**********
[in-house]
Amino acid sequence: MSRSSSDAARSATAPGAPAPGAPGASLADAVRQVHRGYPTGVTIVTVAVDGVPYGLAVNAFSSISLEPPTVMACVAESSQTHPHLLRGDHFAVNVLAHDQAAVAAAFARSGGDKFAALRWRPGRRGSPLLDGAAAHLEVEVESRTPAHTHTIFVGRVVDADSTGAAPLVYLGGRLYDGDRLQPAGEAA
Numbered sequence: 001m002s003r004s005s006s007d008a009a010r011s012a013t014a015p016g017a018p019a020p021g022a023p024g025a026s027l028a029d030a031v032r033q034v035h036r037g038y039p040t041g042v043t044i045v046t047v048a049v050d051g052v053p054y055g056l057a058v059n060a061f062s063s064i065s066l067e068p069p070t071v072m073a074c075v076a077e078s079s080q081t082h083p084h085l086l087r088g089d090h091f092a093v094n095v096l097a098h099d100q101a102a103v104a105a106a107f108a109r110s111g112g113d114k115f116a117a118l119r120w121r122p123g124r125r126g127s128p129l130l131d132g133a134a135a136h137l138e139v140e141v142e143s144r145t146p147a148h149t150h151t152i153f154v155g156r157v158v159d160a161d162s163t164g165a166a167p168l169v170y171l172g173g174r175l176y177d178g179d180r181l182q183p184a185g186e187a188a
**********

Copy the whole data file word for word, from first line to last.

[in-house]
Amino acid sequence: MSRSSSDAARSATAPGAPAPGAPGASLADAVRQVHRGYPTGVTIVTVAVDGVPYGLAVNAFSSISLEPPTVMACVAESSQTHPHLLRGDHFAVNVLAHDQAAVAAAFARSGGDKFAALRWRPGRRGSPLLDGAAAHLEVEVESRTPAHTHTIFVGRVVDADSTGAAPLVYLGGRLYDGDRLQPAGEAA
Numbered sequence: 001m002s003r004s005s006s007d008a009a010r011s012a013t014a015p016g017a018p019a020p021g022a023p024g025a026s027l028a029d030a031v032r033q034v035h036r037g038y039p040t041g042v043t044i045v046t047v048a049v050d051g052v053p054y055g056l057a058v059n060a061f062s063s064i065s066l067e068p069p070t071v072m073a074c075v076a077e078s079s080q081t082h083p084h085l086l087r088g089d090h091f092a093v094n095v096l097a098h099d100q101a102a103v104a105a106a107f108a109r110s111g112g113d114k115f116a117a118l119r120w121r122p123g124r125r126g127s128p129l130l131d132g133a134a135a136h137l138e139v140e141v142e143s144r145t146p147a148h149t150h151t152i153f154v155g156r157v158v159d160a161d162s163t164g165a166a167p168l169v170y171l172g173g174r175l176y177d178g179d180r181l182q183p184a185g186e187a188a